LNG has become a cost-effective way to get the cleanest burning fossil fuel – natural gas – to an end-user without having to lay miles and miles of pipelines. In some countries, LNG vessels called Floating Storage Regasification Units (FSRU) are connected directly to a natural gas fired power plant set up onshore. It’s become a whole new way to get fuel to utility stations built nearshore.

Despite China’s demand for LNG expected to rise exponentially as it does away with coal as part of its energy matrix, LNG prices aren’t what they used to be. LNG’s fortunes have completely collapsed from highs of $17 per million British thermal units at their peak in 2012 and again in the summer of 2015 in Asian markets, and are now down to around $5 and change.

Blame Russia and the U.S. They’re swimming in this stuff.

When China completely abandoned the U.S. LNG market starting in May last year thanks to the trade war, LNG export prices to Japan, one of the two largest markets for American liquefied gas, went up about a penny. It has been flat since.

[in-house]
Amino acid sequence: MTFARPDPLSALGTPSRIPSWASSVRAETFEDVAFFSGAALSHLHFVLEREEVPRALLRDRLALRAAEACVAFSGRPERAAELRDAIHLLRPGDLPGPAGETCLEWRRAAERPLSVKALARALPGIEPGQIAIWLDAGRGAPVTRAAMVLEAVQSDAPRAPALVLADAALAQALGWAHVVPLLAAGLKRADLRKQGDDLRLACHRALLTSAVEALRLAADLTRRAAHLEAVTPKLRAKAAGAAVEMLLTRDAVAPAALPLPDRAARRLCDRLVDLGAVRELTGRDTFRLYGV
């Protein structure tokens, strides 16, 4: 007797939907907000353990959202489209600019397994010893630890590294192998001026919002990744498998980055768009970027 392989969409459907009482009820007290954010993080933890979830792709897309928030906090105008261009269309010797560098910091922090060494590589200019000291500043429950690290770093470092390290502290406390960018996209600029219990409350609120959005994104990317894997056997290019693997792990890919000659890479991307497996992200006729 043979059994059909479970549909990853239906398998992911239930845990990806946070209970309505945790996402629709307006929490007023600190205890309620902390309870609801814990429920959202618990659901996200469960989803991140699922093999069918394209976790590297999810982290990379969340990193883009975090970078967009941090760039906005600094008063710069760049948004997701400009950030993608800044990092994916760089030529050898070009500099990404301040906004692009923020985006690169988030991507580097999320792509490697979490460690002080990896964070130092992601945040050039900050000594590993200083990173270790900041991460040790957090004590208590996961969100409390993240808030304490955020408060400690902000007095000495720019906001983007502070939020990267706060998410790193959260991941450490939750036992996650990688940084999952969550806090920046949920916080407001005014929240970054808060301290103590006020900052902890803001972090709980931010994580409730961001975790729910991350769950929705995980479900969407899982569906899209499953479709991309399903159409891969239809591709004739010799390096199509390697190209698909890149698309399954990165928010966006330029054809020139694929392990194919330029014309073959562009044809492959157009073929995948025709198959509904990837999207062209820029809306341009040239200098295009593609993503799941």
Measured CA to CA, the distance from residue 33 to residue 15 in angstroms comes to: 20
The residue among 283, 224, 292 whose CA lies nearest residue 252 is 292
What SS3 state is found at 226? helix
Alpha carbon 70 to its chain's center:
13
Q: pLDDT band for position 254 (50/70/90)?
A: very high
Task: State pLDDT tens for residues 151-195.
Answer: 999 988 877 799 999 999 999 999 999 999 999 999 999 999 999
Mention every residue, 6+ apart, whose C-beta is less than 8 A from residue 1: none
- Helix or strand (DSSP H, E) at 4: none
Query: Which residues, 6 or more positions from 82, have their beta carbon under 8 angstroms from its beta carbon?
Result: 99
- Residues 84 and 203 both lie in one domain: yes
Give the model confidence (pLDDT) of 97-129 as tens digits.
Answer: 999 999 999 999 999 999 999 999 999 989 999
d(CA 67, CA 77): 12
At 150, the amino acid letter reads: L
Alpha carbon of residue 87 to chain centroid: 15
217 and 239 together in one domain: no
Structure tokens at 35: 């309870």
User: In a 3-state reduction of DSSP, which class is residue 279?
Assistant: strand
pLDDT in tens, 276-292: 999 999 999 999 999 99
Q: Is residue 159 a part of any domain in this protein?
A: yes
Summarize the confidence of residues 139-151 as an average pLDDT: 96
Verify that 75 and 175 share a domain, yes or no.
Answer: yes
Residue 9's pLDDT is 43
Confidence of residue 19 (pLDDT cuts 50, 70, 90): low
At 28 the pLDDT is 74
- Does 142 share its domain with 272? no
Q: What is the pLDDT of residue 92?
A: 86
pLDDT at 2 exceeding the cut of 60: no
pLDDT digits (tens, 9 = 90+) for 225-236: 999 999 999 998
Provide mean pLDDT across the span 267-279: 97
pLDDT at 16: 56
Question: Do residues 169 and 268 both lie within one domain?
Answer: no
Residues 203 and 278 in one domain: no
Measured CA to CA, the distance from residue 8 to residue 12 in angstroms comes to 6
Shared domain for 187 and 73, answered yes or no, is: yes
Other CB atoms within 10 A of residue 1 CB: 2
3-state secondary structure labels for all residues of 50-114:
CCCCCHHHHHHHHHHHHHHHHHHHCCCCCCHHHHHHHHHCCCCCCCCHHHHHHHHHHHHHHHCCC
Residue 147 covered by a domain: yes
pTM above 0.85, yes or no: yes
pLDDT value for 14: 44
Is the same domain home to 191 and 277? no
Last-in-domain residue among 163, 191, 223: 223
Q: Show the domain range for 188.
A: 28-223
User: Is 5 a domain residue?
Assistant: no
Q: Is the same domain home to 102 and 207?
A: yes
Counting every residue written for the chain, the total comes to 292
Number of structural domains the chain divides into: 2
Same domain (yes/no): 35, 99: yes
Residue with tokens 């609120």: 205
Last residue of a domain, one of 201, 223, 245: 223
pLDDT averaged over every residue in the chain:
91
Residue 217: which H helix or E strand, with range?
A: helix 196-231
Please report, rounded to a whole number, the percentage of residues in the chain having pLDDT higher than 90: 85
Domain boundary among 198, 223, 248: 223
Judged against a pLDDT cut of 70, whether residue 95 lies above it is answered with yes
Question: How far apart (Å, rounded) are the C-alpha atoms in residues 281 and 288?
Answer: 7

In one of the more well-known cases of buyer remorse out there, Germany’s Siemens and Azerbaijan’s state owned energy exporter, SOCAR Trading, were awarded a deal to supply electricity and gas to Malta in a competitive bidding process. SOCAR Trading signed a deal in 2015 to supply LNG for a period of 10 years to Enemalta, the island’s main utility starting from 2017, with the price being supposedly fixed at 9.4 euros per one million British thermal units for the initial five years.

While it’s higher than where prices are today, back in 2015, $10 was a discount and Malta got a fair price.